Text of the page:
Another is a “sing-around” held almost every Tuesday by the Golden Link Folk Singing Society from 7:30 to 10 p.m. at 12 Corners Presbyterian Church, 1200 S. Winton Road, Brighton.

Since the group was founded in 1971, singers and musicians have gathered at Golden Link sing-arounds, one of the longest-running sing-arounds in the country.

Each week there is a theme as well as a volunteer leader, who goes “around” the room and each attendee can sing a song, request a song, or pass. Acoustic instruments, from dulcimers to harmonicas to banjos, spontaneously accompany the songs.

Group singing and song-sharing are emphasized in the folk tradition, but beyond that we are generally folks who like to make music together,” says Valerie Coushaine, vice president of the society’s board and organizer of the sing-arounds. “We don’t expect to quit our day jobs, but we just all love music and it’s ever-changing, every week.”

She began attending the sing-arounds three years ago after she became an empty-nester and could finally focus on her own interests and hobbies, but also to overcome stage fright. What she encountered was a warm, welcoming group, and her fears of performing live are now behind her.

And it’s a wide variety of music, since folk is a big umbrella these days,” she said. “It’s traditional and contemporary folks as well as country blues. Even my favorite Grateful Dead songs I know by heart are folk songs.”

This month, the themes are “Holiday Sing-around” this Tuesday and “Planes, Trains and Automobiles” on Dec. 17. Go to goldenlink.org.

Join a chorus or two

If you want that heart to join the beats of a group, Rochester has an abundance of choruses of every type.

The Rochester Gay Men’s Chorus is entering its 32nd year, with weekly rehearsals from 7 to 9:30 p.m. Thursdays at the Downtown United Presbyterian Church, 121 N. Fitzhugh St. The chorus is different from many others because you can sing along with them at a rehearsal if you can’t join long term. Artistic director Robert Strauss will conduct a “voice placement” meeting to determine your range and interests and you can join right in.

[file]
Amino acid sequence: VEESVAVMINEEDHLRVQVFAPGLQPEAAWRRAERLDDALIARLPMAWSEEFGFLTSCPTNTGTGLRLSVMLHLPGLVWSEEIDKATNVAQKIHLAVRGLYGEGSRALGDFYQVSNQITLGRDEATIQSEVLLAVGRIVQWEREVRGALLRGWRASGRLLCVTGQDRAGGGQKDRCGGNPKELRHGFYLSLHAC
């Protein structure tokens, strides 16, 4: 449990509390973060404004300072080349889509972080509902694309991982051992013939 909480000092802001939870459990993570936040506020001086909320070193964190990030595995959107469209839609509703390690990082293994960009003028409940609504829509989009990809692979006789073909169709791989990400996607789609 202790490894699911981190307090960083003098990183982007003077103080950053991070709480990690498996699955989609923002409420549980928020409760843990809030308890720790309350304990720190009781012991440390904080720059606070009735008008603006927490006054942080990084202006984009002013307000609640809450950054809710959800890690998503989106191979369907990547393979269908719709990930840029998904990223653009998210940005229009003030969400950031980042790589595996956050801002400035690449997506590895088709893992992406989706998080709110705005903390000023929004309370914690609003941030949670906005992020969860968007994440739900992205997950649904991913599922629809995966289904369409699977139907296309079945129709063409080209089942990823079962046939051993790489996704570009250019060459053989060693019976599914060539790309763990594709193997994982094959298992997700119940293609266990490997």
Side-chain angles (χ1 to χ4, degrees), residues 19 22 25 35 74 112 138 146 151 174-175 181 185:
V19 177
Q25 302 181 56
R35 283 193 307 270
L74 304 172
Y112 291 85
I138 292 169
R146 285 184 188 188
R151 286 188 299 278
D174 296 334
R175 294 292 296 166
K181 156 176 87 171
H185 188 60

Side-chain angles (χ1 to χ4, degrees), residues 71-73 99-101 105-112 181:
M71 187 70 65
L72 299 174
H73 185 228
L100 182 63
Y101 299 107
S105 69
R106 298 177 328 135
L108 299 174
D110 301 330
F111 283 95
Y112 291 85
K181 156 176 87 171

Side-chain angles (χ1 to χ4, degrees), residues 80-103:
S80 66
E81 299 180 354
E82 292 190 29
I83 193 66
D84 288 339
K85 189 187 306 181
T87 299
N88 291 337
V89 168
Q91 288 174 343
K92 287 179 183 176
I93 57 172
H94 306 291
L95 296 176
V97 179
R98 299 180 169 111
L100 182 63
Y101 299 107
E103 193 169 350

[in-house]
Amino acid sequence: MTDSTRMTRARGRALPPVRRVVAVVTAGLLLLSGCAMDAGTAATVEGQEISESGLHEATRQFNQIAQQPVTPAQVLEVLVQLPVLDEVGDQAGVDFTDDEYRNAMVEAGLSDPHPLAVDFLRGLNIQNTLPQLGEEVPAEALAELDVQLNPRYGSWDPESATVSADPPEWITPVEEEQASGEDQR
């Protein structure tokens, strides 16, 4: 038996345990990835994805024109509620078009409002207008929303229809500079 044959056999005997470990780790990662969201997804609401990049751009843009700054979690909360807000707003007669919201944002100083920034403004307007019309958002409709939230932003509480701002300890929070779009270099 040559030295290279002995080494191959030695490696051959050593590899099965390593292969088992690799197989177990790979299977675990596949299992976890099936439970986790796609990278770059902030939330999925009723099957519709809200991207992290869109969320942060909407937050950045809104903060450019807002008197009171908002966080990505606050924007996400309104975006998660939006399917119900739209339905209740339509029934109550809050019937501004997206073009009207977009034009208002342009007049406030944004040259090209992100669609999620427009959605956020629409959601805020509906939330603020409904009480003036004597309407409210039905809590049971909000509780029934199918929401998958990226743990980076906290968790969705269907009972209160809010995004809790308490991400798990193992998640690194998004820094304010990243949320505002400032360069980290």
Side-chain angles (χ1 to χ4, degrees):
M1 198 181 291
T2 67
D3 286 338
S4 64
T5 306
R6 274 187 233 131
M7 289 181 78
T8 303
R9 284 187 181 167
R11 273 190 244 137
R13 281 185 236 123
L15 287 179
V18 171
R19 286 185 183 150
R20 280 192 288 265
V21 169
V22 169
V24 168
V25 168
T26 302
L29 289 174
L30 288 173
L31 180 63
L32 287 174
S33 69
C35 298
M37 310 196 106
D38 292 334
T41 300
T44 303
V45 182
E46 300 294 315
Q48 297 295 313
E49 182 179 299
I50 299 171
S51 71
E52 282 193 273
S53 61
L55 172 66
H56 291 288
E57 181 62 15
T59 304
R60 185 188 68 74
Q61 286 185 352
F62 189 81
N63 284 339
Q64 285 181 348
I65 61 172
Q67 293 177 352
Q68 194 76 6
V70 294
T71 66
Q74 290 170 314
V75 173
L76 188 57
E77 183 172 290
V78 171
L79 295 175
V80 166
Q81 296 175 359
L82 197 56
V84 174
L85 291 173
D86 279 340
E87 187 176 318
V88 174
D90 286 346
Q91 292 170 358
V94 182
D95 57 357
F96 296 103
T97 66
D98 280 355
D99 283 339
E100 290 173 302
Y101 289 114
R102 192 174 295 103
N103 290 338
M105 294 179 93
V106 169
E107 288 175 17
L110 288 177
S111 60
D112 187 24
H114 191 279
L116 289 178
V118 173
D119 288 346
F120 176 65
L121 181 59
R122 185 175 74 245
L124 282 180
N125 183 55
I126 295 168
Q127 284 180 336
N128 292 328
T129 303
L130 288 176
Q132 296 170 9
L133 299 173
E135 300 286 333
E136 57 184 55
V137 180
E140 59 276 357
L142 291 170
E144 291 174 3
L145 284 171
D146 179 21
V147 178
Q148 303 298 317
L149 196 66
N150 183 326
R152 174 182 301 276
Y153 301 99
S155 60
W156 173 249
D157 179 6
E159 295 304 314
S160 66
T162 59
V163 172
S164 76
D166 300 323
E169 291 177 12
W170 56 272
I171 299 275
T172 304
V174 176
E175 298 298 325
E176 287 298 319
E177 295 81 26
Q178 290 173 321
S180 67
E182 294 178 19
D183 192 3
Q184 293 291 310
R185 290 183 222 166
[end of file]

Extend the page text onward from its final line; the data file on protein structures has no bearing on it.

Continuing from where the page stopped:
To see the chorus in action, next up is the “Come Wassail Away” holiday concert at 8 p.m. Friday and Saturday at Hochstein Performance Hall. Promised is a show that intertwines a comedic lighthearted play with music and dance. Go to thergmc.org

There’s also the Greece Choral Society, which joins the Greece Symphony and ROC City Singers for a 7 p.m. concert next Sunday at St. Charles Borromeo Church, 3003 Dewey Ave.

People can also join (sometimes auditions are required) the Rochester Oratorio Society (which performs with the Rochester Philharmonic Orchestra in January); the Concentus Women’s Chorus (whose holiday concert is at 3 p.m. next Sunday at Asbury First United Methodist Church, 1050 East Ave.); and Madrigalia (which has a concert at 3 p.m. today at Bethany Presbyterian Church, 3000 Dewey Ave.).

If singing is not your thing, many towns have bands and orchestras as well.

Get some class

Not every community has an Eastman School of Music and a Hochstein School of Music & Dance. And as we count our lucky stars that we have top-notch performances by and at these two institutions, this also means we have top-notch instructors and classes.

The Eastman Community Music School has dozens of courses that are offered jointly for youngsters and adults, such as “Basic Conducting” and “Theatre for Singers.” The school’s adult-only New Horizon Ensembles include vintage jazz, beginning band, and brass, clarinet, and saxophone.

Hochstein offers adult classes like “Piano Kindergarten for Grown-Ups!” and “Developing the Adult Actor-Singer,” as well as in instrument improvisation.